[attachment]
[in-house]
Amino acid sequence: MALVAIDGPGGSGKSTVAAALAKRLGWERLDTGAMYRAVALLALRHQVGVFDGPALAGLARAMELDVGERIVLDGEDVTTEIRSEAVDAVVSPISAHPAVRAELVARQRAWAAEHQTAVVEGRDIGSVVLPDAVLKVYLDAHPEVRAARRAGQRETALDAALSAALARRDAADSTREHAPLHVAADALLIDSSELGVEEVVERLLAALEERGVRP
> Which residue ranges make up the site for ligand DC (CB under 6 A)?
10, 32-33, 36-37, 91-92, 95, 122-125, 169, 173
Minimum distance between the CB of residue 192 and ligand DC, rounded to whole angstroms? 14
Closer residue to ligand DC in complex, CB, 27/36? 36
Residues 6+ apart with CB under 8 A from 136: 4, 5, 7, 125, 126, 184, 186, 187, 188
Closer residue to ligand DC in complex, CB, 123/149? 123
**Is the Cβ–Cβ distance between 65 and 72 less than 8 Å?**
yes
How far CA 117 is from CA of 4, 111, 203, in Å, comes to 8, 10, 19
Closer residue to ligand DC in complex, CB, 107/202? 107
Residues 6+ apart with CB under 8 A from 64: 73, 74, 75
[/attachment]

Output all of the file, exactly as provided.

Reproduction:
[in-house]
Amino acid sequence: MALVAIDGPGGSGKSTVAAALAKRLGWERLDTGAMYRAVALLALRHQVGVFDGPALAGLARAMELDVGERIVLDGEDVTTEIRSEAVDAVVSPISAHPAVRAELVARQRAWAAEHQTAVVEGRDIGSVVLPDAVLKVYLDAHPEVRAARRAGQRETALDAALSAALARRDAADSTREHAPLHVAADALLIDSSELGVEEVVERLLAALEERGVRP
> Which residue ranges make up the site for ligand DC (CB under 6 A)?
10, 32-33, 36-37, 91-92, 95, 122-125, 169, 173
Minimum distance between the CB of residue 192 and ligand DC, rounded to whole angstroms? 14
Closer residue to ligand DC in complex, CB, 27/36? 36
Residues 6+ apart with CB under 8 A from 136: 4, 5, 7, 125, 126, 184, 186, 187, 188
Closer residue to ligand DC in complex, CB, 123/149? 123
**Is the Cβ–Cβ distance between 65 and 72 less than 8 Å?**
yes
How far CA 117 is from CA of 4, 111, 203, in Å, comes to 8, 10, 19
Closer residue to ligand DC in complex, CB, 107/202? 107
Residues 6+ apart with CB under 8 A from 64: 73, 74, 75